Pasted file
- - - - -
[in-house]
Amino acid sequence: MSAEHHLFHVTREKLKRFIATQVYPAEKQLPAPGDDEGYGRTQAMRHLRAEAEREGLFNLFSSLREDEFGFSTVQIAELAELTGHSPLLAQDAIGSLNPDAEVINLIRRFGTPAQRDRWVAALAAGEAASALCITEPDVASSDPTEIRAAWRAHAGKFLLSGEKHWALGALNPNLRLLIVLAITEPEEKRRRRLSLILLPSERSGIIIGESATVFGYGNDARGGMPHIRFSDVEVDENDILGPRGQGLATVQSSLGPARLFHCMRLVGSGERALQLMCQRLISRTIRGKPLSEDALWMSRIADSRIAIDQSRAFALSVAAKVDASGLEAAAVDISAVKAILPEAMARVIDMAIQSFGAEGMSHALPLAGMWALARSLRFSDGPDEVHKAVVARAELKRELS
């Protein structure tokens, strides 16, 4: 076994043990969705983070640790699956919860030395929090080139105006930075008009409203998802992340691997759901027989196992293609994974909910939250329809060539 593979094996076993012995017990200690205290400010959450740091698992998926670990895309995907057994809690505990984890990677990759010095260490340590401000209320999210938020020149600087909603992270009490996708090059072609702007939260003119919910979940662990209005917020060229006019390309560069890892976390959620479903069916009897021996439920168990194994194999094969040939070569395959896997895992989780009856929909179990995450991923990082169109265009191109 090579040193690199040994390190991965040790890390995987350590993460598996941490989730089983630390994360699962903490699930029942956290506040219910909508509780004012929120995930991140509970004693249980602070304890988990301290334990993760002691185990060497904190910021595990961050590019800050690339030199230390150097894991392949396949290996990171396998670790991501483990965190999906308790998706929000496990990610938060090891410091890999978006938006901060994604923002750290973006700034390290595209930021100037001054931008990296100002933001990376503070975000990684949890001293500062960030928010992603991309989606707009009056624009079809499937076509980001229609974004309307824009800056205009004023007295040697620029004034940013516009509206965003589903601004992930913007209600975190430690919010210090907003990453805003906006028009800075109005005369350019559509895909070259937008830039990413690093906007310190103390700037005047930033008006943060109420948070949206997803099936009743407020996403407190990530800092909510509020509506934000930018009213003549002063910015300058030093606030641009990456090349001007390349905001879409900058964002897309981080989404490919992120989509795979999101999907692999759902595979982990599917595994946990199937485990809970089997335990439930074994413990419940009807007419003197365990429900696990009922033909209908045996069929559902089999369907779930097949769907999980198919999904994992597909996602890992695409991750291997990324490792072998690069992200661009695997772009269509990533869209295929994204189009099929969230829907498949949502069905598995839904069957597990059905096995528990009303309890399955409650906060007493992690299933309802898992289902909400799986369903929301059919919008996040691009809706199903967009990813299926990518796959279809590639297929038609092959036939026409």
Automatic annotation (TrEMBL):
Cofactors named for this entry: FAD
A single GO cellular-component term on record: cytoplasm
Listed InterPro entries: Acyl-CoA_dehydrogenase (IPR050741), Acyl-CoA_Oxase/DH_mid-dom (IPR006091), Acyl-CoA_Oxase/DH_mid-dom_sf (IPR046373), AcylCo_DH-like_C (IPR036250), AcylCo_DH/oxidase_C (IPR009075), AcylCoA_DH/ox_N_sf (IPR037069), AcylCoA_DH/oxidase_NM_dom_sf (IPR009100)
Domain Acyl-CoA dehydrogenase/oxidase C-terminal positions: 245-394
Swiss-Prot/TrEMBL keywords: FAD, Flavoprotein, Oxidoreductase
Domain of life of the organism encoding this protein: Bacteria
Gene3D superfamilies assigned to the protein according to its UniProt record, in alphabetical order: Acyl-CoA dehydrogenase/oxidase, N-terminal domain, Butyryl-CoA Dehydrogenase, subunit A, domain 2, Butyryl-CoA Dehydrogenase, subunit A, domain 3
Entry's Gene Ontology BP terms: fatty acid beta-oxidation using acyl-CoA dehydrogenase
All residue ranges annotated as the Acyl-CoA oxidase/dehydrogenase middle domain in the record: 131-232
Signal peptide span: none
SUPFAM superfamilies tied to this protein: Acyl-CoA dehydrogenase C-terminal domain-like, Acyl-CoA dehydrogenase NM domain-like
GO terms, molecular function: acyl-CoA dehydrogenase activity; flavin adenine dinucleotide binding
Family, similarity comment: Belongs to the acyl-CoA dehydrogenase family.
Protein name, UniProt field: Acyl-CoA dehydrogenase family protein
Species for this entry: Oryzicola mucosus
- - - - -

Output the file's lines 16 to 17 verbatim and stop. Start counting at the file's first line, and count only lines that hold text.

GO terms, molecular function: acyl-CoA dehydrogenase activity; flavin adenine dinucleotide binding
Family, similarity comment: Belongs to the acyl-CoA dehydrogenase family.